So you’ve gone and chased your dreams. You’ve left behind the dreariness of the Corporate Environs to step up and finally start your own fledgling venture. More power to you!
And, just so we’re clear, who can blame you? Big Business has failed us, not just in the USA but across the global economy as a whole. From the Greek bailouts to the Chinese manufacturing downturn, big business has finally started to reel under the excesses of the past few decades.
Startups on the other hand seem to be thriving, shifting shape to reflect market conditions and demands, packing lean organizational; structures that help them synergize the firm and its audience wants, as well as providing a brilliant atmosphere to work in. But.
See? There’s always somebody like me, a harbinger of doom that pulls out the B word just when the going is good.
Are startups all that? And more pressing, are startups as laid back and industrious as all the success chronicles have us believe? The answer, we all know, is a resounding, no way. For every successful startup there are scores of ventures that never made it past the incubation period because the decided to denounce everything about business and corporate governance that they thought was the antithesis of small, fresh and relevant organizations.
What are talking about? The most common mistakes made by startup founders that they really should have noticed, and heck, forget notice, just incorporate into their strategies. There’s a host of issues, but you need to be aware of them anyway, and for this specific module, how’s about we delve into the Human Resource mistakes that Startups really ought to take care off?
1. Emotional Hires
A lot of storied, celebrated startups have been founded, nurtured and driven to exponential success by its founding teams. Look at Apple, Microsoft, Google, Oracle and a seemingly endless barrage of firms were a venture between individuals who bought to the table completely varying but complementary skills to the firm.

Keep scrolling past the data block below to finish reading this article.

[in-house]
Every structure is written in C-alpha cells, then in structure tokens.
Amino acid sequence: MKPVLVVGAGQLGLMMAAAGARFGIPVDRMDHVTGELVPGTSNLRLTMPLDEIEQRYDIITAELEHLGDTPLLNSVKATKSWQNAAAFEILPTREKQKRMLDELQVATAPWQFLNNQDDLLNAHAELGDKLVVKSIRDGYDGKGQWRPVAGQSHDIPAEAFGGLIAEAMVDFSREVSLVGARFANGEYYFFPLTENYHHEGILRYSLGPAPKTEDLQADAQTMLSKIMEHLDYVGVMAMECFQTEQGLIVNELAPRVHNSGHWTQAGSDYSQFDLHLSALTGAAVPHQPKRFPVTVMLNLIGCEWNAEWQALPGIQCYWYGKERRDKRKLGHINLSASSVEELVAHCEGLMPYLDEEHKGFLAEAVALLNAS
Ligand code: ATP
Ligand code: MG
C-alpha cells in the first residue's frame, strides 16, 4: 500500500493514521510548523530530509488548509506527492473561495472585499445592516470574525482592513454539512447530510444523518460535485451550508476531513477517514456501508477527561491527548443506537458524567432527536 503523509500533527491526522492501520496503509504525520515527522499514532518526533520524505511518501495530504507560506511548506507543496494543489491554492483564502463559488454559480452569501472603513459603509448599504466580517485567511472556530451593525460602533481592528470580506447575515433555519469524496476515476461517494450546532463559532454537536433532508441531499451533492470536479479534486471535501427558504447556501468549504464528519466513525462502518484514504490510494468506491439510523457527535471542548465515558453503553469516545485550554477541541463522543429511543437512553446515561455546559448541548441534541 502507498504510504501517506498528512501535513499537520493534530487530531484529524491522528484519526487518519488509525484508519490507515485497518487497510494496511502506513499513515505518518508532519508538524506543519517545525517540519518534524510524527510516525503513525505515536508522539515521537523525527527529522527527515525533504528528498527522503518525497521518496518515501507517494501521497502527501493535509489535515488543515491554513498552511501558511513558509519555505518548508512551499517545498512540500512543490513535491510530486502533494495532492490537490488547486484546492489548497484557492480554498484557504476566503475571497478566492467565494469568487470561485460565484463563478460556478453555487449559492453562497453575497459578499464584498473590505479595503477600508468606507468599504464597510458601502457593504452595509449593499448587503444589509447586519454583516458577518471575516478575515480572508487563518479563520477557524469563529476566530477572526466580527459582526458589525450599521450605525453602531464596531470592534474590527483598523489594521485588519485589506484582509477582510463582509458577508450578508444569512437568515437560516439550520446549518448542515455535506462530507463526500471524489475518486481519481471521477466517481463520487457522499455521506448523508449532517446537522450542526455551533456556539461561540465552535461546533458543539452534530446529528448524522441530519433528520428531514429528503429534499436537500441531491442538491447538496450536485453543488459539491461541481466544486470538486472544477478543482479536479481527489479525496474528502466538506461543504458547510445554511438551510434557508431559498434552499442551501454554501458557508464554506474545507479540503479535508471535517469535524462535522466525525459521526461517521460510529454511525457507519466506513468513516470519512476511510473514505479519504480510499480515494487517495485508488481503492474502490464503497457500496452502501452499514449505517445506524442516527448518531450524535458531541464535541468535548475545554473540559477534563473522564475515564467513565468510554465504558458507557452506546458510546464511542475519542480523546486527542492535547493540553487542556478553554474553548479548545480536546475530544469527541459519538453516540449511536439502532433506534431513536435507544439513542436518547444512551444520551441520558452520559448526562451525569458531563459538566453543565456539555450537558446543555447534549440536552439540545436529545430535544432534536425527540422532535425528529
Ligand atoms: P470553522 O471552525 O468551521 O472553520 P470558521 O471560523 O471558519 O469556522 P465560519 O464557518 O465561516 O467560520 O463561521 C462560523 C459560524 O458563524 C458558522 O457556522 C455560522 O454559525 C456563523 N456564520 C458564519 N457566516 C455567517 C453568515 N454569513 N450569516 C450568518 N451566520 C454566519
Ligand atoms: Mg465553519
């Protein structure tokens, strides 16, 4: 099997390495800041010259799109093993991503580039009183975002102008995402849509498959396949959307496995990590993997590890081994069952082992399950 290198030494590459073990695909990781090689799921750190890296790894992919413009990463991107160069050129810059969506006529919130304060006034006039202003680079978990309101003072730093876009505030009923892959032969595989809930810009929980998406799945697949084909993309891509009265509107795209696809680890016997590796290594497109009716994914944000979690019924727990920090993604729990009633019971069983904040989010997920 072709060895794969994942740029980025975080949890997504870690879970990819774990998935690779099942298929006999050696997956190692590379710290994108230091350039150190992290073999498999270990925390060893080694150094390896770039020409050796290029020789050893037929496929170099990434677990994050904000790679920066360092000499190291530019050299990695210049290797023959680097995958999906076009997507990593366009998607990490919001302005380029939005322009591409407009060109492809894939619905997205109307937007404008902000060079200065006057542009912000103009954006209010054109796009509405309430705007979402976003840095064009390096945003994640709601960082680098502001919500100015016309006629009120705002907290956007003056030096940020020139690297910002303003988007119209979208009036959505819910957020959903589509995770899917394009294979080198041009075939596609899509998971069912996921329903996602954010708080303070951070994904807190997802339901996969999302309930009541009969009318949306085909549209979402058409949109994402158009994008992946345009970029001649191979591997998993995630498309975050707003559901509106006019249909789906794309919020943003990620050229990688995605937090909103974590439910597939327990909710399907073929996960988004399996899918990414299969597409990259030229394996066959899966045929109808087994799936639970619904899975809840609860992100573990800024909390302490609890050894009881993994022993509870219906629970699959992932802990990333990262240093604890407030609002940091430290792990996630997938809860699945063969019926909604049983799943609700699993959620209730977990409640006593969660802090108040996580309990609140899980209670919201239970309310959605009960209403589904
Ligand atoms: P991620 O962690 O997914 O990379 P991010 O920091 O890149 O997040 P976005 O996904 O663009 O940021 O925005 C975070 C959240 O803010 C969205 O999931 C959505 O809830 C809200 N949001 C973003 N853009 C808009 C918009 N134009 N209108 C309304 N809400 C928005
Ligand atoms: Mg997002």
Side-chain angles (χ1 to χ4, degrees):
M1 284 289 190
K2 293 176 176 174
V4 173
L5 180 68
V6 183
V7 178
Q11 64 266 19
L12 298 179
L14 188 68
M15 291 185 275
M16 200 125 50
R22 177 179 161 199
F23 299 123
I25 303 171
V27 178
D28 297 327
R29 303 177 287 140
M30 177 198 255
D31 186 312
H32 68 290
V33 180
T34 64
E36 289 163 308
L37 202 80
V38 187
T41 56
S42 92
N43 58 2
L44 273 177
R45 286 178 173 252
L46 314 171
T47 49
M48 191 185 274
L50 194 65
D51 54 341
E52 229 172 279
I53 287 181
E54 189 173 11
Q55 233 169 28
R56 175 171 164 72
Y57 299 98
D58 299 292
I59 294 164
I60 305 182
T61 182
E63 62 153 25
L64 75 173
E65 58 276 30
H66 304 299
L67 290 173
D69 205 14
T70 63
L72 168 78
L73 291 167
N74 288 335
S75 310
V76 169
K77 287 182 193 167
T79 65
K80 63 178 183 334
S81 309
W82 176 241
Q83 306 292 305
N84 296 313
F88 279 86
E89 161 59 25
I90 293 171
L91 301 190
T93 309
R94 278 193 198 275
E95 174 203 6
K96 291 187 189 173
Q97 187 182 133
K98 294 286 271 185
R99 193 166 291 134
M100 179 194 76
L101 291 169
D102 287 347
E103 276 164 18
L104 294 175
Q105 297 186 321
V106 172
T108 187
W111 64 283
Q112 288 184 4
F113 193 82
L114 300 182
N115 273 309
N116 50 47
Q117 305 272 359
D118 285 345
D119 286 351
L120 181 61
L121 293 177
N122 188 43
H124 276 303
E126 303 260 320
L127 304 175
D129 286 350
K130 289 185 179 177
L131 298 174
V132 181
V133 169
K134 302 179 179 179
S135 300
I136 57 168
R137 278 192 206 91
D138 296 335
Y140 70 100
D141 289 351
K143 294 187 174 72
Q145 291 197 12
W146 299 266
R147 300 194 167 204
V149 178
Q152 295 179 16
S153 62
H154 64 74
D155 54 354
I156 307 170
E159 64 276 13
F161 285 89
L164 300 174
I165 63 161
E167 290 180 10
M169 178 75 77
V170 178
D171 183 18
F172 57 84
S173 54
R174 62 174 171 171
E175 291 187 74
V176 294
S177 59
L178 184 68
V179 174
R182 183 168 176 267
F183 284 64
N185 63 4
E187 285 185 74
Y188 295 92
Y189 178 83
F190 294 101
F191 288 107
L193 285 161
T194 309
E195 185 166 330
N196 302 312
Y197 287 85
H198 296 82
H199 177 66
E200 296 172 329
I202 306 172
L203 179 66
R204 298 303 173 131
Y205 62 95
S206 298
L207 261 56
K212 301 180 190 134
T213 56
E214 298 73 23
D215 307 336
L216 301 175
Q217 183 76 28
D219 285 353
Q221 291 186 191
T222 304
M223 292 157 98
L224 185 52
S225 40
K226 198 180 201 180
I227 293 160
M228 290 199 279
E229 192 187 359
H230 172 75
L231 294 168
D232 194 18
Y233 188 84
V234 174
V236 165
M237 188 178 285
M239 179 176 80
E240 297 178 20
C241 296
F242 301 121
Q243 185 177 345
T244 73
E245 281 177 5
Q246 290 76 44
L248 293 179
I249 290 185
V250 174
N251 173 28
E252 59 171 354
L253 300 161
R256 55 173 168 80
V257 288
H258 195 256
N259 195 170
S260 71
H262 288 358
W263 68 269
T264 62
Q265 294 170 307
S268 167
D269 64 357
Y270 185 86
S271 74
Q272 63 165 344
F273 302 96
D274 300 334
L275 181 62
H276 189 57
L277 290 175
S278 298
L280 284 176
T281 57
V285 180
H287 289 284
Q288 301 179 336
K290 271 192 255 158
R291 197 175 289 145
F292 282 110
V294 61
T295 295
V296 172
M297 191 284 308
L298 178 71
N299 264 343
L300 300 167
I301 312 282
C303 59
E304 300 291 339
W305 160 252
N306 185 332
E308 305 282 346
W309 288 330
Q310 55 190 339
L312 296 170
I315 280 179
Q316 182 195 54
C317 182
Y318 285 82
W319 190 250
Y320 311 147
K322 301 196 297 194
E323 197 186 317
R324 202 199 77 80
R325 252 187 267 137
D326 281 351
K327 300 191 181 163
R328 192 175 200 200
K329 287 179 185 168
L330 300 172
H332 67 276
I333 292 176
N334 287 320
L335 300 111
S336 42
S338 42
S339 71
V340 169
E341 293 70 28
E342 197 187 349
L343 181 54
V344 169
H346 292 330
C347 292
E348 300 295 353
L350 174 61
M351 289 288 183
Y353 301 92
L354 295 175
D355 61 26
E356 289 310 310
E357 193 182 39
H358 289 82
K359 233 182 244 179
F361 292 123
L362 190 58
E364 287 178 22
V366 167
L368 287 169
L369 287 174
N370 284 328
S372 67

A lot of people I know think this means a synergy that is derived from professional and personal respect, and they inevitably hire their best friend, brother, or somebody they bumped into at a conference. Unfortunately, that isn’t strictly true.
While Jobs and Wozniak may have been friends when they started, they aren’t as integral to Apple now as lore would have you believe. In fact Wozniak even left the firm after a few years. That just goes to show you, that even 2 men of their stature don’t continue on Journeys. Facebook and its founders have been immortalized on the silver screen by ‘The Social Network’, and if anything the movie showcases the business side of Zuckerberg. Which I think deserves a high spirited salute.
In essence, don’t hire people just because you like them or trust them. Hire them or partner with them because they bring actual synthesis and synergy to your venture
2. Too many hires
I run a fledging firm as well. And while I would love to dream about making it to the top echelons of business, I have my doubts. One of the reasons I fell flat in the initial months was my tendency to make hires for short terms projects which I felt would grow, thereby contributing to my bottom line. Big mistake. They never managed to do work like I expected and clients demanded, and worse, it left me (I am the face of the startup) having to apologize to my clients for jobs badly done. To make matters worse, to rectify these mistakes, I ended up hiring external contractors, who I then had to pay out my own pocket just to numb the criticism from them. Word of Mouth is powerful, keep that in mind.
3. Low Cost Hires
We all love it when something comes in under budget don’t we? I know its wicked cool finding something really nice for throwaway prices, but don’t ever do that when it comes to staffing. And here’s why. Cheap labor is cheap precisely because it’s not too highly skilled or experienced. They will not be able to help salvage your bottom line, and worse, the lack of experience means most low cost, lesser equipped hires, will not be able to perform tasks at a startup since most of us need cross specialty staff. I know my Business development head leads my client prospecting teams, but he can also double as an advisor when we do financials. A limited budget means you need to get the most out of your money in terms of skill, not in terms of human resource hires.